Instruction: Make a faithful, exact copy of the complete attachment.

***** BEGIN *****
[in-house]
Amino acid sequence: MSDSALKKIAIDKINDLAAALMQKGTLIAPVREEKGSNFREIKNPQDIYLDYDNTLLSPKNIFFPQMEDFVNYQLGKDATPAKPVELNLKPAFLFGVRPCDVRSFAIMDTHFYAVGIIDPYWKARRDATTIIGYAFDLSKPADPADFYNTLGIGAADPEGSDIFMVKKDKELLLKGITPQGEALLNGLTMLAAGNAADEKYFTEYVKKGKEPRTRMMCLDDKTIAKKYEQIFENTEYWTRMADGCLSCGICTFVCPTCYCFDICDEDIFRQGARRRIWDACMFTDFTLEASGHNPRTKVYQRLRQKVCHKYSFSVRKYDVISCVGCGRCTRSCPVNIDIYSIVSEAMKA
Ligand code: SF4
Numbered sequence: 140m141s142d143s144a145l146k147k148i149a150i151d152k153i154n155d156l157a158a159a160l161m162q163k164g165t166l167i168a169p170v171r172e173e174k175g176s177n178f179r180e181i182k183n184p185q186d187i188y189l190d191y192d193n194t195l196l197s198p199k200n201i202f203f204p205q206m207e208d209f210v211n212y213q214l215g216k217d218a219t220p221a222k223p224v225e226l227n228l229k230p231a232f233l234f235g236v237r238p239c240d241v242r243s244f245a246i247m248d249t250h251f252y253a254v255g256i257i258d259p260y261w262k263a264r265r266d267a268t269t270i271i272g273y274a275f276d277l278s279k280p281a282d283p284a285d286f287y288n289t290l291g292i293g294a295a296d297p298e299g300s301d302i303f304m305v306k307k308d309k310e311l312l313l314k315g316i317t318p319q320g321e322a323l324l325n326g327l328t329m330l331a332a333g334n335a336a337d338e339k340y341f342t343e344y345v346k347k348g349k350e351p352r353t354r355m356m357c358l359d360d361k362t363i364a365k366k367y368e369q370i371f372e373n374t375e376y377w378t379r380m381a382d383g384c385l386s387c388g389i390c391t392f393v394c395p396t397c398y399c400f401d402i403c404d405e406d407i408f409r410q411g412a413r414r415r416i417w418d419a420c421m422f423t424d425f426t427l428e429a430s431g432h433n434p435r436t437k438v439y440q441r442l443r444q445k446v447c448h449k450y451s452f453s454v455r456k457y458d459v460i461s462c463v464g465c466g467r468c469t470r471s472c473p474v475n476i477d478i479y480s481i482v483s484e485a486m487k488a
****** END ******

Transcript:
[in-house]
Amino acid sequence: MSDSALKKIAIDKINDLAAALMQKGTLIAPVREEKGSNFREIKNPQDIYLDYDNTLLSPKNIFFPQMEDFVNYQLGKDATPAKPVELNLKPAFLFGVRPCDVRSFAIMDTHFYAVGIIDPYWKARRDATTIIGYAFDLSKPADPADFYNTLGIGAADPEGSDIFMVKKDKELLLKGITPQGEALLNGLTMLAAGNAADEKYFTEYVKKGKEPRTRMMCLDDKTIAKKYEQIFENTEYWTRMADGCLSCGICTFVCPTCYCFDICDEDIFRQGARRRIWDACMFTDFTLEASGHNPRTKVYQRLRQKVCHKYSFSVRKYDVISCVGCGRCTRSCPVNIDIYSIVSEAMKA
Ligand code: SF4
Numbered sequence: 140m141s142d143s144a145l146k147k148i149a150i151d152k153i154n155d156l157a158a159a160l161m162q163k164g165t166l167i168a169p170v171r172e173e174k175g176s177n178f179r180e181i182k183n184p185q186d187i188y189l190d191y192d193n194t195l196l197s198p199k200n201i202f203f204p205q206m207e208d209f210v211n212y213q214l215g216k217d218a219t220p221a222k223p224v225e226l227n228l229k230p231a232f233l234f235g236v237r238p239c240d241v242r243s244f245a246i247m248d249t250h251f252y253a254v255g256i257i258d259p260y261w262k263a264r265r266d267a268t269t270i271i272g273y274a275f276d277l278s279k280p281a282d283p284a285d286f287y288n289t290l291g292i293g294a295a296d297p298e299g300s301d302i303f304m305v306k307k308d309k310e311l312l313l314k315g316i317t318p319q320g321e322a323l324l325n326g327l328t329m330l331a332a333g334n335a336a337d338e339k340y341f342t343e344y345v346k347k348g349k350e351p352r353t354r355m356m357c358l359d360d361k362t363i364a365k366k367y368e369q370i371f372e373n374t375e376y377w378t379r380m381a382d383g384c385l386s387c388g389i390c391t392f393v394c395p396t397c398y399c400f401d402i403c404d405e406d407i408f409r410q411g412a413r414r415r416i417w418d419a420c421m422f423t424d425f426t427l428e429a430s431g432h433n434p435r436t437k438v439y440q441r442l443r444q445k446v447c448h449k450y451s452f453s454v455r456k457y458d459v460i461s462c463v464g465c466g467r468c469t470r471s472c473p474v475n476i477d478i479y480s481i482v483s484e485a486m487k488a